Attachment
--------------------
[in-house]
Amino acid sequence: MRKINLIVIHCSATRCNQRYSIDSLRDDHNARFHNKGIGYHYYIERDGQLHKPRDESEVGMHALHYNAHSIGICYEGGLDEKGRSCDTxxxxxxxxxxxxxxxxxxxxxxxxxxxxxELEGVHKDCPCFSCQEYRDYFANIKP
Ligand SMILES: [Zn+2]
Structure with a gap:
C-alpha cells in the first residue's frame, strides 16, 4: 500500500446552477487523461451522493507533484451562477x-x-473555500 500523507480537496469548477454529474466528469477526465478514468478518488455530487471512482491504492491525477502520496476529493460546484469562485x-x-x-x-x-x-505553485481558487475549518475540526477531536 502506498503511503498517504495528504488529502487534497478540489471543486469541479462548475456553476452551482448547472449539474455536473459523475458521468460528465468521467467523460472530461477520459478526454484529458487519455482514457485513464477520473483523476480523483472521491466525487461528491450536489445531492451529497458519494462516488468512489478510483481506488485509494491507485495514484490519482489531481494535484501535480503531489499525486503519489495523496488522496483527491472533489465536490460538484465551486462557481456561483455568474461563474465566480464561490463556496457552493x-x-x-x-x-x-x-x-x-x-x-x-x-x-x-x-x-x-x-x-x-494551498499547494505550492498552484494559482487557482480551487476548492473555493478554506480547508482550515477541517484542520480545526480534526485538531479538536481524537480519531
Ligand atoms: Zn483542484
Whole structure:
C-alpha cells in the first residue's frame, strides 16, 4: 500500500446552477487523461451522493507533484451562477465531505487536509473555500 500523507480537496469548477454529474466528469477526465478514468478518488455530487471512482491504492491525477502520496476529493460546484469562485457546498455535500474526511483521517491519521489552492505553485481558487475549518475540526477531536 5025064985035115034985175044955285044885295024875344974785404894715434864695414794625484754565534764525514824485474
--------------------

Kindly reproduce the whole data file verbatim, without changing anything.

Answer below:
[in-house]
Amino acid sequence: MRKINLIVIHCSATRCNQRYSIDSLRDDHNARFHNKGIGYHYYIERDGQLHKPRDESEVGMHALHYNAHSIGICYEGGLDEKGRSCDTxxxxxxxxxxxxxxxxxxxxxxxxxxxxxELEGVHKDCPCFSCQEYRDYFANIKP
Ligand SMILES: [Zn+2]
Structure with a gap:
C-alpha cells in the first residue's frame, strides 16, 4: 500500500446552477487523461451522493507533484451562477x-x-473555500 500523507480537496469548477454529474466528469477526465478514468478518488455530487471512482491504492491525477502520496476529493460546484469562485x-x-x-x-x-x-505553485481558487475549518475540526477531536 502506498503511503498517504495528504488529502487534497478540489471543486469541479462548475456553476452551482448547472449539474455536473459523475458521468460528465468521467467523460472530461477520459478526454484529458487519455482514457485513464477520473483523476480523483472521491466525487461528491450536489445531492451529497458519494462516488468512489478510483481506488485509494491507485495514484490519482489531481494535484501535480503531489499525486503519489495523496488522496483527491472533489465536490460538484465551486462557481456561483455568474461563474465566480464561490463556496457552493x-x-x-x-x-x-x-x-x-x-x-x-x-x-x-x-x-x-x-x-x-494551498499547494505550492498552484494559482487557482480551487476548492473555493478554506480547508482550515477541517484542520480545526480534526485538531479538536481524537480519531
Ligand atoms: Zn483542484
Whole structure:
C-alpha cells in the first residue's frame, strides 16, 4: 500500500446552477487523461451522493507533484451562477465531505487536509473555500 500523507480537496469548477454529474466528469477526465478514468478518488455530487471512482491504492491525477502520496476529493460546484469562485457546498455535500474526511483521517491519521489552492505553485481558487475549518475540526477531536 5025064985035115034985175044955285044885295024875344974785404894715434864695414794625484754565534764525514824485474